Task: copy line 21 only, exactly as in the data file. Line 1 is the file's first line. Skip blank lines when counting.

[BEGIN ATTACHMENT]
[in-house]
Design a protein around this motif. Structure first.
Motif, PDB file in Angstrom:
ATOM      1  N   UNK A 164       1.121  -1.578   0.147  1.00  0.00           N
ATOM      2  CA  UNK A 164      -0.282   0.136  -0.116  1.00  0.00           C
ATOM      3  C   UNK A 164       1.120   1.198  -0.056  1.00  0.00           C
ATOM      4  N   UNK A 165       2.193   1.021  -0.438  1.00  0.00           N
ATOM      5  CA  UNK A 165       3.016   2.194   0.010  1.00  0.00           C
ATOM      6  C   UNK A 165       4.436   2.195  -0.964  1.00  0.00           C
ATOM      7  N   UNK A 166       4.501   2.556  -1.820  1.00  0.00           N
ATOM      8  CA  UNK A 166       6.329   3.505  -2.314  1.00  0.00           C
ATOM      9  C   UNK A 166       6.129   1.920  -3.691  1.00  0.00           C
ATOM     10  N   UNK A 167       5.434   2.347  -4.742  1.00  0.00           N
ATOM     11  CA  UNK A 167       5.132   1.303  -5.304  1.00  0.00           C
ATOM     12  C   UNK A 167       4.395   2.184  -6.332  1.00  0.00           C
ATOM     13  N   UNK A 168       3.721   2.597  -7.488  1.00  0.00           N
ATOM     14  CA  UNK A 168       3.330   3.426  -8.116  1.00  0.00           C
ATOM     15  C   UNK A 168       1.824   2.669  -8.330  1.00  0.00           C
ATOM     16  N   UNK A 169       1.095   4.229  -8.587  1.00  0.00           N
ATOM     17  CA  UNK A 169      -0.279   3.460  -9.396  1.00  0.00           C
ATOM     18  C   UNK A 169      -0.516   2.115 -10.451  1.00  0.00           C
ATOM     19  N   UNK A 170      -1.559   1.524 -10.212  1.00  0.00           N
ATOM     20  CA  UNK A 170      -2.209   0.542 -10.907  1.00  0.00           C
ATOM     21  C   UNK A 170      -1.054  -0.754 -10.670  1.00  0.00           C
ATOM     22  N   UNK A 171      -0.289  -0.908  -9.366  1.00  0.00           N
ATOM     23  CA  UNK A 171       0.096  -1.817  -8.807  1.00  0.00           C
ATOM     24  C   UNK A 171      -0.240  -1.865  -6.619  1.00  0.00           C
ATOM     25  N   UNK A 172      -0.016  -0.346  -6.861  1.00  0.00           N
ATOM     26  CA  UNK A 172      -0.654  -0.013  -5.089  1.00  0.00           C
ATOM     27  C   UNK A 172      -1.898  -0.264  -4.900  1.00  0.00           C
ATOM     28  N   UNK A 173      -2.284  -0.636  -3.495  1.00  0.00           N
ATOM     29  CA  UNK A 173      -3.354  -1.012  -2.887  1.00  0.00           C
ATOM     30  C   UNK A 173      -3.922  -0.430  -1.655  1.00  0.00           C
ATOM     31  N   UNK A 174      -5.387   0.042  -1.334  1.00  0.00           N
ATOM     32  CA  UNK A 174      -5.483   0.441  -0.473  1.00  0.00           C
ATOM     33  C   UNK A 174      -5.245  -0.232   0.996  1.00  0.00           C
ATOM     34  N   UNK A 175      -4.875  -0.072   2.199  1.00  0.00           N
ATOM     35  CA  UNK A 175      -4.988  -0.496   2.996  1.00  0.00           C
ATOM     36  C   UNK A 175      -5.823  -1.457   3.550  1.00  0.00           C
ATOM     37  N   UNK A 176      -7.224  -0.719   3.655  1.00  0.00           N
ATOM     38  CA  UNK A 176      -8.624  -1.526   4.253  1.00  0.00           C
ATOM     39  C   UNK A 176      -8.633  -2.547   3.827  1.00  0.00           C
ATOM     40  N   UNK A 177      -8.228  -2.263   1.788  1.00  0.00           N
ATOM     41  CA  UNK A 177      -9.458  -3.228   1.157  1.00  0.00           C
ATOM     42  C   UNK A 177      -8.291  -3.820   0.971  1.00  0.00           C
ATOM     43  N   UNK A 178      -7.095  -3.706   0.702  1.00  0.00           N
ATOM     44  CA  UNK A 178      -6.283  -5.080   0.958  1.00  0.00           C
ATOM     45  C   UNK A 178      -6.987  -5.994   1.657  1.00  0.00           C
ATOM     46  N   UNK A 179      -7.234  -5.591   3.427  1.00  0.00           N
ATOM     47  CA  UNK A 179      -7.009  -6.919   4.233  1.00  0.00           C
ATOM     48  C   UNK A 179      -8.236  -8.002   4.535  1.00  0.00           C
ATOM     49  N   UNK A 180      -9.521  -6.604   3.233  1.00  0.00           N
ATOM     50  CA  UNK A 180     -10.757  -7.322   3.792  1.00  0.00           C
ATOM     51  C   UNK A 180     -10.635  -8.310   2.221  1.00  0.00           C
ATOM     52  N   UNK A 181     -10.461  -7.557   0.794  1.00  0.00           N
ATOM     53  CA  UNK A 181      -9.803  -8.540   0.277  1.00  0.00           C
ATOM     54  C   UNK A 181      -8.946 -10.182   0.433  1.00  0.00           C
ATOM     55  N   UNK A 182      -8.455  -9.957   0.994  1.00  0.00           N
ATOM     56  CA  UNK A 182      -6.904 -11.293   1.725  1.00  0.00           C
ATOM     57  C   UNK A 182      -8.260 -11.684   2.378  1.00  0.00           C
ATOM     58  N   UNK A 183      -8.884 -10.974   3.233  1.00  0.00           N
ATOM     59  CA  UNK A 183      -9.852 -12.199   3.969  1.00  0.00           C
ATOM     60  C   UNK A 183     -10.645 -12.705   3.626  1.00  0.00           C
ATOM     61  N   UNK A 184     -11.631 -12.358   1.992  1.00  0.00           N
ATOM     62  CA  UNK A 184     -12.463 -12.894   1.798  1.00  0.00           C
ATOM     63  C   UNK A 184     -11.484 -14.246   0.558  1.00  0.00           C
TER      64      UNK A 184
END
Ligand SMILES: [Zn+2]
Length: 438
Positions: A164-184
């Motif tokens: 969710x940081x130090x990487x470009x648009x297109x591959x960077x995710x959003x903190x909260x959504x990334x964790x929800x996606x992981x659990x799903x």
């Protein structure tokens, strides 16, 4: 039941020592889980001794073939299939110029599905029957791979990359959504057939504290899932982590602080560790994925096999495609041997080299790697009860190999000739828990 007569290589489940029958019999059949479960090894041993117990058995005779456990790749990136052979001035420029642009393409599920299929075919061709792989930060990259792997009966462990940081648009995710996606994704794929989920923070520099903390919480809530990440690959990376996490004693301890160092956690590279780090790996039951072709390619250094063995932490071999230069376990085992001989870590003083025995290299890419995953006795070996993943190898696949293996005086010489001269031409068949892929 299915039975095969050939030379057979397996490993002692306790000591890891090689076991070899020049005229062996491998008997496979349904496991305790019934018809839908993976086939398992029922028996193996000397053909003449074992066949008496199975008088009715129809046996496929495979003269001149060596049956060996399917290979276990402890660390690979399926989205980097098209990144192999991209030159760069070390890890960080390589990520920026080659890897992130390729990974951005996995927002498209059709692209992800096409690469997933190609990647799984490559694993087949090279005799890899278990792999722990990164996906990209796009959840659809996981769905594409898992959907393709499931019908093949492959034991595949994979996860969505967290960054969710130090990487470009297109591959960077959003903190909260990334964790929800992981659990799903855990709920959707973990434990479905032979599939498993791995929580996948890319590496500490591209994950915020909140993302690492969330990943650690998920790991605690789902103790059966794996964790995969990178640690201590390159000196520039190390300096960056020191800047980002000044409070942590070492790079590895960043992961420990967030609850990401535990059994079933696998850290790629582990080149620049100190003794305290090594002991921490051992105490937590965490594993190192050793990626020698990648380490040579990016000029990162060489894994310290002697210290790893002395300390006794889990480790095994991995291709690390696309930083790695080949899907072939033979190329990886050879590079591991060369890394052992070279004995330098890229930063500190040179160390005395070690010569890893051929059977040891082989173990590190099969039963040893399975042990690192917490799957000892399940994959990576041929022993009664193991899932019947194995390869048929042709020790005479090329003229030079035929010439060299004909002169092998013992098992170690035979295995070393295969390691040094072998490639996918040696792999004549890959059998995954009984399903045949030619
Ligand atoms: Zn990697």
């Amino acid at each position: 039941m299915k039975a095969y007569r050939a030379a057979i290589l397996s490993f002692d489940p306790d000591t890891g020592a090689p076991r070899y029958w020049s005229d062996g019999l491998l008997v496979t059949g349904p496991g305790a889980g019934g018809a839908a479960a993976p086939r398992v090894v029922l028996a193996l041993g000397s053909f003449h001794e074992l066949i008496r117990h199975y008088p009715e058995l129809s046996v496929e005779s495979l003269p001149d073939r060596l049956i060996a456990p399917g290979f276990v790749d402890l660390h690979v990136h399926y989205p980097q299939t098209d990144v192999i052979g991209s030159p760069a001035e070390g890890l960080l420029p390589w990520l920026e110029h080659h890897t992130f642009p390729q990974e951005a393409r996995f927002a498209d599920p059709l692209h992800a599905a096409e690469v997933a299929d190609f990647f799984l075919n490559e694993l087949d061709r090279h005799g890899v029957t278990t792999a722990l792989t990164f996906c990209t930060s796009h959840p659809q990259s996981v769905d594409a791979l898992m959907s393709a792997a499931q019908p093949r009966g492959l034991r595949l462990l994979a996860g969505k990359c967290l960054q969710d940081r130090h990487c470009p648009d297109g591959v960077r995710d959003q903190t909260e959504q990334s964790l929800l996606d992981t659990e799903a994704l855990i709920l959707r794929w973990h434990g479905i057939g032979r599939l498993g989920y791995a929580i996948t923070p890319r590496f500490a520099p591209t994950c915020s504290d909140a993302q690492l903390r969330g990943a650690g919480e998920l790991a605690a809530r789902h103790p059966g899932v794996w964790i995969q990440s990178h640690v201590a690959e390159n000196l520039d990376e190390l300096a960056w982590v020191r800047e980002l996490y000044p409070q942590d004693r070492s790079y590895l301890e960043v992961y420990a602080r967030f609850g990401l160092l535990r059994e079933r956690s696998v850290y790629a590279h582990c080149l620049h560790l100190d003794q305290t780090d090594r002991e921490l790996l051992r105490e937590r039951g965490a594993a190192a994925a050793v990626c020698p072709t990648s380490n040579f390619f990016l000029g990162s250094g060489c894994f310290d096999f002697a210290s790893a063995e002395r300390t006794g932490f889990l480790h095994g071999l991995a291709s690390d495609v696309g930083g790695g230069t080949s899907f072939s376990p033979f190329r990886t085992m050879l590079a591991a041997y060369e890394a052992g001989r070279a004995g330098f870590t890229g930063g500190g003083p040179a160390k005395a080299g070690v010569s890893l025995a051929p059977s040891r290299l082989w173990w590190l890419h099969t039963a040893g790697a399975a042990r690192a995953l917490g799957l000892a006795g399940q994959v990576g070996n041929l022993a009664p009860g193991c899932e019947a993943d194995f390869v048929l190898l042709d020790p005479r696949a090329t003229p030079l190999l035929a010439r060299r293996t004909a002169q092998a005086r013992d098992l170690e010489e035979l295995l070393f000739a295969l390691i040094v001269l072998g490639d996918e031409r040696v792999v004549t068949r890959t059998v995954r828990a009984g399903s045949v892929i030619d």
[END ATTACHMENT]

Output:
ATOM     18  C   UNK A 169      -0.516   2.115 -10.451  1.00  0.00           C